The spectacular colour show continues with the hawthorns, viburnums, rhododendrons and the fabulous Japanese tree peonies which are my main plant topic this week.
When most people think of peonies, they think of the common garden herbaceous peony that freezes to the ground each winter and comes back from the root.
There are dozens of varieties and a few species of this great plant that bloom in May, June or July depending on the variety.
The tree peony or Paeonia suffruticosa is not really a tree but rather a bush or shrub and some varieties can grow up to 2.5 m tall.
Sometimes you will see huge blooms 30 cm across but most average half that which is still impressive.
The colours range from various shades of red, pink and yellow to deep mauve and of course white.
When the plant is not in bloom it makes a lovely shrub with its dark green leather-like foliage and peeling bark on its older wood.
If there is one negative to this plant it may be that it does not bloom for a very long time.
In a season where the weather is on the cool side the blooms may last for two and a half weeks but when the weather is warmer than normal you can knock a week of that.
Even though the blooming period is short the tree peony is still a wonderful plant to have in any garden.
Over the years of selling plants to people I hear the comment so often that the desire is to have something that blooms all summer and anything that only blooms for a couple of weeks is not wanted.
For those who think this way, all I can say is you are cheating yourselves from a treat that is perhaps appreciated more so because of its short blooming term.
I for one get bored with masses of petunias blooming all summer long.
I love watching the changing colour in the garden from early spring to fall and when the tree peonies are in bloom it is a special time.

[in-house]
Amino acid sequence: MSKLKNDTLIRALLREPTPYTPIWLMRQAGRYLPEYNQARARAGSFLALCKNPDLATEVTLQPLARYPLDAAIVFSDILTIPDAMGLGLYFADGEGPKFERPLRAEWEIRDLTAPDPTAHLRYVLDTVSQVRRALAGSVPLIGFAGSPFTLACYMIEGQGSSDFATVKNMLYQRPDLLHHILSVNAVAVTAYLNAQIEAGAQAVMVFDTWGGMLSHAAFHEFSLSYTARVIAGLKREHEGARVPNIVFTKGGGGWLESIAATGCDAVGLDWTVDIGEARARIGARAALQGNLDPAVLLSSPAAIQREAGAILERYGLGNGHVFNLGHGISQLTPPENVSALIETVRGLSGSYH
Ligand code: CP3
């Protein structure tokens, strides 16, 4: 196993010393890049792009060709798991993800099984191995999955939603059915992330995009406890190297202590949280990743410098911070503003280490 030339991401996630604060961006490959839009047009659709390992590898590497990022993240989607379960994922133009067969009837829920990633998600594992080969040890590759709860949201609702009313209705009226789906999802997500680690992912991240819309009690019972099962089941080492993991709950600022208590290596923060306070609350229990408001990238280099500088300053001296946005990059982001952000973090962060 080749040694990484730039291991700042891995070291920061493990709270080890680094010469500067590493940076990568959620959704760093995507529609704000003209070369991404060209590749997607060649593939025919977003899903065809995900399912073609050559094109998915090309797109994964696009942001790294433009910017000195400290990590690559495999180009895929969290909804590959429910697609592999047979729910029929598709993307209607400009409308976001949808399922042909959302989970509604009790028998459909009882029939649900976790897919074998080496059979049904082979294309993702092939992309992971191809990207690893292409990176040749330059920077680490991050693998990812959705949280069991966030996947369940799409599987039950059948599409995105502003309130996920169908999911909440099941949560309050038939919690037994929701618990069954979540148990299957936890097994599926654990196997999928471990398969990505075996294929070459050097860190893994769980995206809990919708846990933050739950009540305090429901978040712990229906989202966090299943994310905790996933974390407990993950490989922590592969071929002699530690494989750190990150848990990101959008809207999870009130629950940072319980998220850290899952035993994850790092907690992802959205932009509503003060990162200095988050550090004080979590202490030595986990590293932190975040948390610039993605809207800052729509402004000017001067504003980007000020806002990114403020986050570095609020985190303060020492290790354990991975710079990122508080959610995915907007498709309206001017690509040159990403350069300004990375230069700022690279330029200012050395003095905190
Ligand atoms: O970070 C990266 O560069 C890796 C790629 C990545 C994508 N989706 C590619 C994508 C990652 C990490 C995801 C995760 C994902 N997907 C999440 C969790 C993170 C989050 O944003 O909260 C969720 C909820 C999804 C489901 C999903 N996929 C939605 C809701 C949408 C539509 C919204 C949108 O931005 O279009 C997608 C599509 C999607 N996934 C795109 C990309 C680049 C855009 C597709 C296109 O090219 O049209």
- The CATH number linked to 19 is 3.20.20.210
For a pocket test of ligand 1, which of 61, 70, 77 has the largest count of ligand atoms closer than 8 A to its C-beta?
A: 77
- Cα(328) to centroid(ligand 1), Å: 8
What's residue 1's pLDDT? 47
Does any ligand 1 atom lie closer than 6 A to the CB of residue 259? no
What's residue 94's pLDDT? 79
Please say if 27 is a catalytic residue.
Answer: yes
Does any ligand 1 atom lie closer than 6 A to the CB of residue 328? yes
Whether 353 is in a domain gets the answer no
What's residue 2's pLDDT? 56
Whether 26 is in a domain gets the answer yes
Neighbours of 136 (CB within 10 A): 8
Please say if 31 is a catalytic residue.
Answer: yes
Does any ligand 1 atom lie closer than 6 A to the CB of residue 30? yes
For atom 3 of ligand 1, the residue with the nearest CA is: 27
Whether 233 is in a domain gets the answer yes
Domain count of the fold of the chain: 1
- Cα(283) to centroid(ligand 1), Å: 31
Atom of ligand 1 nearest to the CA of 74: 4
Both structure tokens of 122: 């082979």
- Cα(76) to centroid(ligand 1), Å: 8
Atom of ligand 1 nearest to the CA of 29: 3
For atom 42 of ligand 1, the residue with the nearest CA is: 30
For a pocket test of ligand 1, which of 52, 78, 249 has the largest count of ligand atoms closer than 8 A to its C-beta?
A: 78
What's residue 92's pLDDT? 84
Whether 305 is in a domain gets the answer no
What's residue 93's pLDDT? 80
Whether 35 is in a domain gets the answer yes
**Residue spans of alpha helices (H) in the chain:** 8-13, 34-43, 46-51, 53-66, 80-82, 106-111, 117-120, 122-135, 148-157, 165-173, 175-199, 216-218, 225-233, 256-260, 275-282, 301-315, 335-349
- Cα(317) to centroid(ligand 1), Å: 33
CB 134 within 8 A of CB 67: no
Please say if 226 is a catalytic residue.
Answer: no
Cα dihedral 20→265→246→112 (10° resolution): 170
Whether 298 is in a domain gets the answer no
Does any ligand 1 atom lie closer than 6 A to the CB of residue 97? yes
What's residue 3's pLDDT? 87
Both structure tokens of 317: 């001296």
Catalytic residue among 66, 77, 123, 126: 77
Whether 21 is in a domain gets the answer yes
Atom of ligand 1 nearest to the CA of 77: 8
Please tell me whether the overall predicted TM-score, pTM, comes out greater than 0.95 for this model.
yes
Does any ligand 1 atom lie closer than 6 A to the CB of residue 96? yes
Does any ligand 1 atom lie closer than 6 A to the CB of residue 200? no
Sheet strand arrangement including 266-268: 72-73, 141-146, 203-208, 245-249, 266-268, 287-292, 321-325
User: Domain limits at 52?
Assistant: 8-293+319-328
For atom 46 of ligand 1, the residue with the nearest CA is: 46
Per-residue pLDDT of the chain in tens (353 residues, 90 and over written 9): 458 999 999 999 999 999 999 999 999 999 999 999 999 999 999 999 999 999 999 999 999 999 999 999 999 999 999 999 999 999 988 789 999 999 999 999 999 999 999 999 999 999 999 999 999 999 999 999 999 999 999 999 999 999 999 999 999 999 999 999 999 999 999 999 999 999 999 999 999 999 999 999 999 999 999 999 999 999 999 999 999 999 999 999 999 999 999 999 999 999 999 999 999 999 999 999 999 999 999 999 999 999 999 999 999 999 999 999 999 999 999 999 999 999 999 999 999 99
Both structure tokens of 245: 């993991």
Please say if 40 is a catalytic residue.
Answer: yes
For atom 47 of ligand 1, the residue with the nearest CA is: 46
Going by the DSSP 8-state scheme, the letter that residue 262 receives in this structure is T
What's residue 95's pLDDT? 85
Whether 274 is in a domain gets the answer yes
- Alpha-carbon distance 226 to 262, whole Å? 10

I recently heard the improvements to Gellatly Road along the lake do not include the fabulous katsura trees that finally are just getting a foothold.
I have been watching these trees from the time they were planted several years ago and they have had their ups and downs but now for the most part I believe they are thriving better than ever.
Katsura is a favourite of mine and I often send folk to see them along the lakeside drive when they are looking for an example.
I sure wish there was some way to change the plan to take them out.
Have you ever considered a worm bin to compost those vegetative kitchen scraps?
Join Mel Andersen, long time operator of All Things Organic, and learn how to turn household green waste into ‘black gold’ by using red wiggler worms.
Anderson will explain the use of worm composters, and explore the different types of worms used for this purpose.
The workshop happens Wednesday, June 13, 7:30 p.m., at the Seniors Centre #17, 1353 Richter St.
Tune in to The Don Burnett Garden Show on AM 1150 from 8 to 10 a.m.